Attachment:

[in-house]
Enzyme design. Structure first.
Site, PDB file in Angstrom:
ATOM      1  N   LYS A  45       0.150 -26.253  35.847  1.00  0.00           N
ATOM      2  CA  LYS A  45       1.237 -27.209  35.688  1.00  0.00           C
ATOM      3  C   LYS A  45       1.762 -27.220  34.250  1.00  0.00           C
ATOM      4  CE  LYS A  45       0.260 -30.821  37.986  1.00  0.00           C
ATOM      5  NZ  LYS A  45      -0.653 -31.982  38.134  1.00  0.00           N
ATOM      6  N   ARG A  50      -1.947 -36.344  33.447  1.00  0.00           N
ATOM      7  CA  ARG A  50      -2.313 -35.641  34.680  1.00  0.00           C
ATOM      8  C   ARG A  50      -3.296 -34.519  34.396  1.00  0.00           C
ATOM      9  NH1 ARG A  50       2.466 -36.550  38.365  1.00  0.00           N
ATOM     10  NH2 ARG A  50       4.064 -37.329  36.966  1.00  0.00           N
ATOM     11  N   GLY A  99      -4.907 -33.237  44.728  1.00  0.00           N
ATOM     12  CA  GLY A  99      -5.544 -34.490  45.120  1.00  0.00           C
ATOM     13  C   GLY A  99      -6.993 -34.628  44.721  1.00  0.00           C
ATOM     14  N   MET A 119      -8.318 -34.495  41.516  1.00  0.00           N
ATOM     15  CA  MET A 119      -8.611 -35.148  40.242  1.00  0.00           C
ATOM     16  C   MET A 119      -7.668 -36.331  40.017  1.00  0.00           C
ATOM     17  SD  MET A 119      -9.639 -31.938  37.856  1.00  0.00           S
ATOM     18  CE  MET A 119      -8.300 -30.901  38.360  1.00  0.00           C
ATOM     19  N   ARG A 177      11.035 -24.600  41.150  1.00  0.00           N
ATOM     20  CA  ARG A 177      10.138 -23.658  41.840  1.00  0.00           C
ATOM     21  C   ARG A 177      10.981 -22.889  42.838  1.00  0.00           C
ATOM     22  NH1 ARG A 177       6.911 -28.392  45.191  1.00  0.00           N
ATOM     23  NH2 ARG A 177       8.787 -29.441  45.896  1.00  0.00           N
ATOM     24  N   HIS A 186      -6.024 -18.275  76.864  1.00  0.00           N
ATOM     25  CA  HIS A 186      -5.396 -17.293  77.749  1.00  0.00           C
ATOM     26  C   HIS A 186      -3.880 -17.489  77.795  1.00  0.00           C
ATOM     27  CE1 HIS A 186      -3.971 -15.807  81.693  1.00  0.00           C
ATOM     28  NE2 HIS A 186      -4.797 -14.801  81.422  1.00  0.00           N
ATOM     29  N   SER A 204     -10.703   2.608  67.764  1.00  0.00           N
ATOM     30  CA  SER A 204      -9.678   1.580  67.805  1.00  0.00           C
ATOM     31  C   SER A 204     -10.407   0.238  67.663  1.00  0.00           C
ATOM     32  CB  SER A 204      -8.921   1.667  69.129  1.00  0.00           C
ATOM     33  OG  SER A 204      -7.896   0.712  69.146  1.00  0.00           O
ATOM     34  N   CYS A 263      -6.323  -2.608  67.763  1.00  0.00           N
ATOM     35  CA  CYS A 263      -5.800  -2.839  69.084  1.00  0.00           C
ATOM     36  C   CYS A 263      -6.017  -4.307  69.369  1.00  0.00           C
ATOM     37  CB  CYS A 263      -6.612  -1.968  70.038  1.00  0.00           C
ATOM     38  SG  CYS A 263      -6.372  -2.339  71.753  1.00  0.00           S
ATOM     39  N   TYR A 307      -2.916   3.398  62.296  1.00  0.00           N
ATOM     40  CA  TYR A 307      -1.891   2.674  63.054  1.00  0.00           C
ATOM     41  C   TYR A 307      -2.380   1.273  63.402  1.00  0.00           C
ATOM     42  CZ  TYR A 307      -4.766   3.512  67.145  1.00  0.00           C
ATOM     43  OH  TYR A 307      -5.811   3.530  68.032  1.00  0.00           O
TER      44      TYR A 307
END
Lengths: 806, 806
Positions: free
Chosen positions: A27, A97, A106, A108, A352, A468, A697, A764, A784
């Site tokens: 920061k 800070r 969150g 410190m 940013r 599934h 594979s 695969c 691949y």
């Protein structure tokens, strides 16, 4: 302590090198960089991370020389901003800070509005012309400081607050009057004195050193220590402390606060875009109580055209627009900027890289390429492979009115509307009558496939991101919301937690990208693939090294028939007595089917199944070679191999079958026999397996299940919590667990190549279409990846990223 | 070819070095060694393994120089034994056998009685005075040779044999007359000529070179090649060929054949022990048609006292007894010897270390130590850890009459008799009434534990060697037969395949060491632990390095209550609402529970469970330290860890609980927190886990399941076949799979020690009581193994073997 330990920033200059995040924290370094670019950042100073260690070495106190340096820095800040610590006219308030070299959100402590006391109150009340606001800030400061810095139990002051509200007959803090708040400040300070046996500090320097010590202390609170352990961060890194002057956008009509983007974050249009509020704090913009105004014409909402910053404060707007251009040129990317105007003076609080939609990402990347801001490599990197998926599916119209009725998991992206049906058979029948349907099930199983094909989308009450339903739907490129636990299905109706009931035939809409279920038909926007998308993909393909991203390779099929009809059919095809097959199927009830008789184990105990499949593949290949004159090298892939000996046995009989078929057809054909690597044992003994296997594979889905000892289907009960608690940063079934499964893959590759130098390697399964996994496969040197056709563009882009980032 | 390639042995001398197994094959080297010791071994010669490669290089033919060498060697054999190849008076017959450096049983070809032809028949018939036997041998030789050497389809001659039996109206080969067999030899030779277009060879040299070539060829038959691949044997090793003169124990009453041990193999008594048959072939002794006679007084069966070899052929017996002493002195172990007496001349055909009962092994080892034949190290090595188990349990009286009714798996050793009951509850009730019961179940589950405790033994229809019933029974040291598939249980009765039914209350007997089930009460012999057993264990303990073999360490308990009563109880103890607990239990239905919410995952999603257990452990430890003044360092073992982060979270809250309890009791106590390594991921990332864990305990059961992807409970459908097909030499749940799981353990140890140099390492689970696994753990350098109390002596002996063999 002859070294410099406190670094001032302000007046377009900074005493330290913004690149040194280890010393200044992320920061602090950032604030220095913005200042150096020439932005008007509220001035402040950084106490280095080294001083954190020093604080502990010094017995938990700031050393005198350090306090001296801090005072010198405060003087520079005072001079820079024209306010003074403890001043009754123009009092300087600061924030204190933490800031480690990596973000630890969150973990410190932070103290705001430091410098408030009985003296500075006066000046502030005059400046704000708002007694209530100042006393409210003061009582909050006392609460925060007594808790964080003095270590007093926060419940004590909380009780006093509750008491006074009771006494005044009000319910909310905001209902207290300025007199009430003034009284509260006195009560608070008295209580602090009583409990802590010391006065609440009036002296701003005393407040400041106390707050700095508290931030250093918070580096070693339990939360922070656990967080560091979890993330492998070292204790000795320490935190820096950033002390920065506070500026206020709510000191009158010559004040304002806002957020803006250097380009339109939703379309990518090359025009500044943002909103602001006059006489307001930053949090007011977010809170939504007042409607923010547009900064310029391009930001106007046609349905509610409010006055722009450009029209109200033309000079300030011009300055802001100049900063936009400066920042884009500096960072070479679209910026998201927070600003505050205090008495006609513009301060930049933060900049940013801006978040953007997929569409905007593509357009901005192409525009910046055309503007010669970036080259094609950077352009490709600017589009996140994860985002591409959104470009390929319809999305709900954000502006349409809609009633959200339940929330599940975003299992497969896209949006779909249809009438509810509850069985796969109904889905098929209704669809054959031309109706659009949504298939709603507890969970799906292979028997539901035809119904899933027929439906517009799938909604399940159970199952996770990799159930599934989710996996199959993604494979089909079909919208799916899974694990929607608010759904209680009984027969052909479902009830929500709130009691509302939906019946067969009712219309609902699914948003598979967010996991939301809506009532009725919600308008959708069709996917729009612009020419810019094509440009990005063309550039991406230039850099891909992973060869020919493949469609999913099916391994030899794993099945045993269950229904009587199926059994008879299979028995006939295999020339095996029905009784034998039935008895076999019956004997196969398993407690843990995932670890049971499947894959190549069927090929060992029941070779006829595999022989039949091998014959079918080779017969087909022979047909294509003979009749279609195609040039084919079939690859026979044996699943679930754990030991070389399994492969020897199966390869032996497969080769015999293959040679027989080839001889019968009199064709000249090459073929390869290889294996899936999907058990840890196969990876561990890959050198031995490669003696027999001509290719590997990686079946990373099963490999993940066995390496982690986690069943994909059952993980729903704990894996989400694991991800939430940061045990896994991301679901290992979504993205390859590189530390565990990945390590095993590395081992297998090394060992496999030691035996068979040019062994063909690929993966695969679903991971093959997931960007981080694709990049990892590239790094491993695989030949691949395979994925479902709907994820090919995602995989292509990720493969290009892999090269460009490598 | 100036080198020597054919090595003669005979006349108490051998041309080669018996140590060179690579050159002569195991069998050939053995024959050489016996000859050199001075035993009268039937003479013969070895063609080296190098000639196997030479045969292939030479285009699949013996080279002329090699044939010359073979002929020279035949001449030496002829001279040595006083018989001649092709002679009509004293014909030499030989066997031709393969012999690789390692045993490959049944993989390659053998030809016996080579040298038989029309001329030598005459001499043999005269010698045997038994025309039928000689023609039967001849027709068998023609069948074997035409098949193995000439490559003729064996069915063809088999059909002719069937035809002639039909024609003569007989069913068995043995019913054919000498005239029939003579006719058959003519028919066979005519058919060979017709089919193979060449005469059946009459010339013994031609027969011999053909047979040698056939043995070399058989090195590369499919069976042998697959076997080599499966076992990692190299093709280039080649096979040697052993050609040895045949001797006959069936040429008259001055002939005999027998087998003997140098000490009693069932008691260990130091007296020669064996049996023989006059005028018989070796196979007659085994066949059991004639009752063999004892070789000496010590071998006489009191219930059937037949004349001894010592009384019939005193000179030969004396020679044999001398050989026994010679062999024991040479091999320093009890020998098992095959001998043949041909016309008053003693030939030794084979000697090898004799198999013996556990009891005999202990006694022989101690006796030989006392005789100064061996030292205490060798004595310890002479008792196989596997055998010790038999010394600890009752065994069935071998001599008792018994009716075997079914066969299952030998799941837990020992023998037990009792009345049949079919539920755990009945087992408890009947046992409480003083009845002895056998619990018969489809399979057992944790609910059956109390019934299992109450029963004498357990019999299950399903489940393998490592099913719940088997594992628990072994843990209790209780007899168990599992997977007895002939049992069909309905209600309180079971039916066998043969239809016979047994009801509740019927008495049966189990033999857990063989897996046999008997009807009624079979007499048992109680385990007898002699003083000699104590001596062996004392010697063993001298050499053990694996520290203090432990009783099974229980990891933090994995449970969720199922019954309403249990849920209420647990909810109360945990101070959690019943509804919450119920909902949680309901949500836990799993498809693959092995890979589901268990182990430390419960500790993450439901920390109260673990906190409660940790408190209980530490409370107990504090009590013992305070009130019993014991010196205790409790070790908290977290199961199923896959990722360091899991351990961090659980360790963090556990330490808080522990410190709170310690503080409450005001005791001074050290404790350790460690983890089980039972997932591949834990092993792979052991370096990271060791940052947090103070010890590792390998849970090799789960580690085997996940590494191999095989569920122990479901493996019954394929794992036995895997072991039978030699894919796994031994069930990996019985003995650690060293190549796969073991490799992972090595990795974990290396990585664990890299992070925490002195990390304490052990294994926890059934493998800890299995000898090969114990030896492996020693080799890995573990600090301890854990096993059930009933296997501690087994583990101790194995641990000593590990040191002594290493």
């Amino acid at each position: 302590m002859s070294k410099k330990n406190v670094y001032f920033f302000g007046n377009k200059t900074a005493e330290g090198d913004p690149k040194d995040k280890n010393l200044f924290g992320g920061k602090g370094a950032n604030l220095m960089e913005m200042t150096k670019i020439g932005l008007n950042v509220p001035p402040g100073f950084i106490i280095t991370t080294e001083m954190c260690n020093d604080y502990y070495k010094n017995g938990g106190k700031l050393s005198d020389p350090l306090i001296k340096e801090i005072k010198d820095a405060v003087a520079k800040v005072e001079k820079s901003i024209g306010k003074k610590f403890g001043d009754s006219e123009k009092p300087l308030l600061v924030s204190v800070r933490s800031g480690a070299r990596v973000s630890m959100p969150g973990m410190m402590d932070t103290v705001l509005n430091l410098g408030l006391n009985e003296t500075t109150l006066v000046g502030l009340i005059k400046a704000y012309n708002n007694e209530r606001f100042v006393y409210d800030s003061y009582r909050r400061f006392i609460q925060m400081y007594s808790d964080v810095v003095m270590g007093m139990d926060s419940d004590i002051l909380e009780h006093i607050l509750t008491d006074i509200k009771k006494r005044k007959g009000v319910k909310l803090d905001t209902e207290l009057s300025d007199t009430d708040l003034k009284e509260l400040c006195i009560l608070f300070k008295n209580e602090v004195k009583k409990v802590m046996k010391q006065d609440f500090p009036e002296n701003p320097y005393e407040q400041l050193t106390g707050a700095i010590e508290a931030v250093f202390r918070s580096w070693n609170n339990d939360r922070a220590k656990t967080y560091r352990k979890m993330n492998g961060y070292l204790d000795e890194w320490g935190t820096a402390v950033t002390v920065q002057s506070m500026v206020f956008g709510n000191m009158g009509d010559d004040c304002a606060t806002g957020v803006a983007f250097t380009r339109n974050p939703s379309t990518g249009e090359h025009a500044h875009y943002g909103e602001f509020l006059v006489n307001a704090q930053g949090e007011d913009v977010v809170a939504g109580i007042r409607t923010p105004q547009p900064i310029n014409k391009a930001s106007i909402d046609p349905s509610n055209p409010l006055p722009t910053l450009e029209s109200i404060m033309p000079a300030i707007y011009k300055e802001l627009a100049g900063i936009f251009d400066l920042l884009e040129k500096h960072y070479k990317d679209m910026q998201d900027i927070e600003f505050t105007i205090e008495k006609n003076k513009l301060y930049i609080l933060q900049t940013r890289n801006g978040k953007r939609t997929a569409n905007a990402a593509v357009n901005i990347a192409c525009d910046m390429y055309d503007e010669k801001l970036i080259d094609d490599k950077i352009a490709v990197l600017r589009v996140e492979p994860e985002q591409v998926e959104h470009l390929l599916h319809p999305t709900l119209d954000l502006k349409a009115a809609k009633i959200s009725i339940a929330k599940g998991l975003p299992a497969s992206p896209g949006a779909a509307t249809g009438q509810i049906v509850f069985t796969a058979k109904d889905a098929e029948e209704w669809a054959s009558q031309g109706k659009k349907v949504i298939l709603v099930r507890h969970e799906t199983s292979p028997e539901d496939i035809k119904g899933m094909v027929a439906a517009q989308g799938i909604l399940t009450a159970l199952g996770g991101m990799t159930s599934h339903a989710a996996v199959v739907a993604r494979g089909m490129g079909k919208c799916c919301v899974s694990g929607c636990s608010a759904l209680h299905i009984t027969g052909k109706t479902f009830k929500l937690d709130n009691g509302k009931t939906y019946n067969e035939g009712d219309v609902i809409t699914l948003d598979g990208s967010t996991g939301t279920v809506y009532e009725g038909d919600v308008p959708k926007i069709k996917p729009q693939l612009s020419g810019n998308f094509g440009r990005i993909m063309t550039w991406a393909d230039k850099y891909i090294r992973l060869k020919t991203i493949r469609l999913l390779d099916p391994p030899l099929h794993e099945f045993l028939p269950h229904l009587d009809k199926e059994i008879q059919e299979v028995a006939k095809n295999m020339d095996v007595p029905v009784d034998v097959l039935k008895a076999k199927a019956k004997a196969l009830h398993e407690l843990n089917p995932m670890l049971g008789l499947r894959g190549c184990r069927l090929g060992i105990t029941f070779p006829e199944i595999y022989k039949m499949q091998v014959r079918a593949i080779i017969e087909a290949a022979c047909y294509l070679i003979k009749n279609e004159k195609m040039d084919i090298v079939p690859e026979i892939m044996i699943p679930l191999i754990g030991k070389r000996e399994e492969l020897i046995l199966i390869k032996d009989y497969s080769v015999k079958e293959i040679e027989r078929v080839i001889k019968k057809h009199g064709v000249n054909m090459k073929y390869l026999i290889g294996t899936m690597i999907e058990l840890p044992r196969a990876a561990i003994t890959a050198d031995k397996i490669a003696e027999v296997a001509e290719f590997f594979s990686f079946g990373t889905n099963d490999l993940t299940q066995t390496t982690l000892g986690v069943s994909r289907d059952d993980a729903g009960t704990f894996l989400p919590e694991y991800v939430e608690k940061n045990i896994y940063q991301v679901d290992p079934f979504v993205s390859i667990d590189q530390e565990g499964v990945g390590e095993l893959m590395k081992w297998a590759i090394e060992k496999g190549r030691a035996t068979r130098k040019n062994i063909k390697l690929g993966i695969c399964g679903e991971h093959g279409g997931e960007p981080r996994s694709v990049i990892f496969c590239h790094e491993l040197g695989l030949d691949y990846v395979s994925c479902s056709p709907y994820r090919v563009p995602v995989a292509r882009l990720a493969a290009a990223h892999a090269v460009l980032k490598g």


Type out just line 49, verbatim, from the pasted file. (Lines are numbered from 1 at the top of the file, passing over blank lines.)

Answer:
Lengths: 806, 806